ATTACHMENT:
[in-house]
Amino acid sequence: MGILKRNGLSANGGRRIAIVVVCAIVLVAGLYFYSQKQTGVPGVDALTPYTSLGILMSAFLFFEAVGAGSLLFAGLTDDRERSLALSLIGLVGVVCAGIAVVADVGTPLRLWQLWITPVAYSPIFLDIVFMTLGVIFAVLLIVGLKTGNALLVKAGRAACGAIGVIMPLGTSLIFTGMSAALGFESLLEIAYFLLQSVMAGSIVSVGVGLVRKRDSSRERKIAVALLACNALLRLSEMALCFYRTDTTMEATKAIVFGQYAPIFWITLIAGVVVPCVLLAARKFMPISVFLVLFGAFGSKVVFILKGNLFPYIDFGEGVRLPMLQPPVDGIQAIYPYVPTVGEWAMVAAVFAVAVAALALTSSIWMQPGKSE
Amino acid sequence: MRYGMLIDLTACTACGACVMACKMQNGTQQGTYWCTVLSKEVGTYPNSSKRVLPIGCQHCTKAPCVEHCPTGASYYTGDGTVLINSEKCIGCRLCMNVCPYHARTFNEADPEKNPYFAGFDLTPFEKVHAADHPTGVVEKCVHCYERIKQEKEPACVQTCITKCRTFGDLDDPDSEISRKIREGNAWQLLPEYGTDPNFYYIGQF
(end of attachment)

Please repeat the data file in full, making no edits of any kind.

[in-house]
Amino acid sequence: MGILKRNGLSANGGRRIAIVVVCAIVLVAGLYFYSQKQTGVPGVDALTPYTSLGILMSAFLFFEAVGAGSLLFAGLTDDRERSLALSLIGLVGVVCAGIAVVADVGTPLRLWQLWITPVAYSPIFLDIVFMTLGVIFAVLLIVGLKTGNALLVKAGRAACGAIGVIMPLGTSLIFTGMSAALGFESLLEIAYFLLQSVMAGSIVSVGVGLVRKRDSSRERKIAVALLACNALLRLSEMALCFYRTDTTMEATKAIVFGQYAPIFWITLIAGVVVPCVLLAARKFMPISVFLVLFGAFGSKVVFILKGNLFPYIDFGEGVRLPMLQPPVDGIQAIYPYVPTVGEWAMVAAVFAVAVAALALTSSIWMQPGKSE
Amino acid sequence: MRYGMLIDLTACTACGACVMACKMQNGTQQGTYWCTVLSKEVGTYPNSSKRVLPIGCQHCTKAPCVEHCPTGASYYTGDGTVLINSEKCIGCRLCMNVCPYHARTFNEADPEKNPYFAGFDLTPFEKVHAADHPTGVVEKCVHCYERIKQEKEPACVQTCITKCRTFGDLDDPDSEISRKIREGNAWQLLPEYGTDPNFYYIGQF